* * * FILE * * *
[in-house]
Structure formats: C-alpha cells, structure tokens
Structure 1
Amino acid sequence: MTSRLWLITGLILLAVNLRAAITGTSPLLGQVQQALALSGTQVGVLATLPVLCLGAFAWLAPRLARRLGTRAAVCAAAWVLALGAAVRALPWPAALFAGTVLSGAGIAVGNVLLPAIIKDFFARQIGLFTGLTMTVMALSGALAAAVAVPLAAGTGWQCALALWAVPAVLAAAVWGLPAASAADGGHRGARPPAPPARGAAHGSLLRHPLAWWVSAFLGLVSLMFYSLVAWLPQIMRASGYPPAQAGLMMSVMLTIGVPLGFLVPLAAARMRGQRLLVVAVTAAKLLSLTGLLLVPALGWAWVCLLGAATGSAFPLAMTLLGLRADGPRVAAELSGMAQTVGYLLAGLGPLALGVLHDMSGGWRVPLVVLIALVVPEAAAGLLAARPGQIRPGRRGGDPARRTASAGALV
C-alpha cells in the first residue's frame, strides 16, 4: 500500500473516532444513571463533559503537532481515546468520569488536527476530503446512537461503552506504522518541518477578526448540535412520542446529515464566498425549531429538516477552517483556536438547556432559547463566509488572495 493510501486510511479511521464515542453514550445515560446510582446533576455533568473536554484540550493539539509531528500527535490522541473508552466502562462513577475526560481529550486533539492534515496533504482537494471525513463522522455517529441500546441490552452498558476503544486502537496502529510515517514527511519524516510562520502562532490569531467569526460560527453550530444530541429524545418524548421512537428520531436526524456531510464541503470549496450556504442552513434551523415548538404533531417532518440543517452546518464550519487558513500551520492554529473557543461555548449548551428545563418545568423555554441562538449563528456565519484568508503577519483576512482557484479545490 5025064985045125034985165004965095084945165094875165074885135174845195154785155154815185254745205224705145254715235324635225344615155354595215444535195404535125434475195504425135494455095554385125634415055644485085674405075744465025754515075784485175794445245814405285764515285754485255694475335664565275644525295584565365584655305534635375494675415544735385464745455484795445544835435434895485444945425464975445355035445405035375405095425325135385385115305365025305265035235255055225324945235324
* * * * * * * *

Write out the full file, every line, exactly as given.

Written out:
[in-house]
Structure formats: C-alpha cells, structure tokens
Structure 1
Amino acid sequence: MTSRLWLITGLILLAVNLRAAITGTSPLLGQVQQALALSGTQVGVLATLPVLCLGAFAWLAPRLARRLGTRAAVCAAAWVLALGAAVRALPWPAALFAGTVLSGAGIAVGNVLLPAIIKDFFARQIGLFTGLTMTVMALSGALAAAVAVPLAAGTGWQCALALWAVPAVLAAAVWGLPAASAADGGHRGARPPAPPARGAAHGSLLRHPLAWWVSAFLGLVSLMFYSLVAWLPQIMRASGYPPAQAGLMMSVMLTIGVPLGFLVPLAAARMRGQRLLVVAVTAAKLLSLTGLLLVPALGWAWVCLLGAATGSAFPLAMTLLGLRADGPRVAAELSGMAQTVGYLLAGLGPLALGVLHDMSGGWRVPLVVLIALVVPEAAAGLLAARPGQIRPGRRGGDPARRTASAGALV
C-alpha cells in the first residue's frame, strides 16, 4: 500500500473516532444513571463533559503537532481515546468520569488536527476530503446512537461503552506504522518541518477578526448540535412520542446529515464566498425549531429538516477552517483556536438547556432559547463566509488572495 493510501486510511479511521464515542453514550445515560446510582446533576455533568473536554484540550493539539509531528500527535490522541473508552466502562462513577475526560481529550486533539492534515496533504482537494471525513463522522455517529441500546441490552452498558476503544486502537496502529510515517514527511519524516510562520502562532490569531467569526460560527453550530444530541429524545418524548421512537428520531436526524456531510464541503470549496450556504442552513434551523415548538404533531417532518440543517452546518464550519487558513500551520492554529473557543461555548449548551428545563418545568423555554441562538449563528456565519484568508503577519483576512482557484479545490 5025064985045125034985165004965095084945165094875165074885135174845195154785155154815185254745205224705145254715235324635225344615155354595215444535195404535125434475195504425135494455095554385125634415055644485085674405075744465025754515075784485175794445245814405285764515285754485255694475335664565275644525295584565365584655305534635375494675415544735385464745455484795445544835435434895485444945425464975445355035445405035375405095425325135385385115305365025305265035235255055225324945235324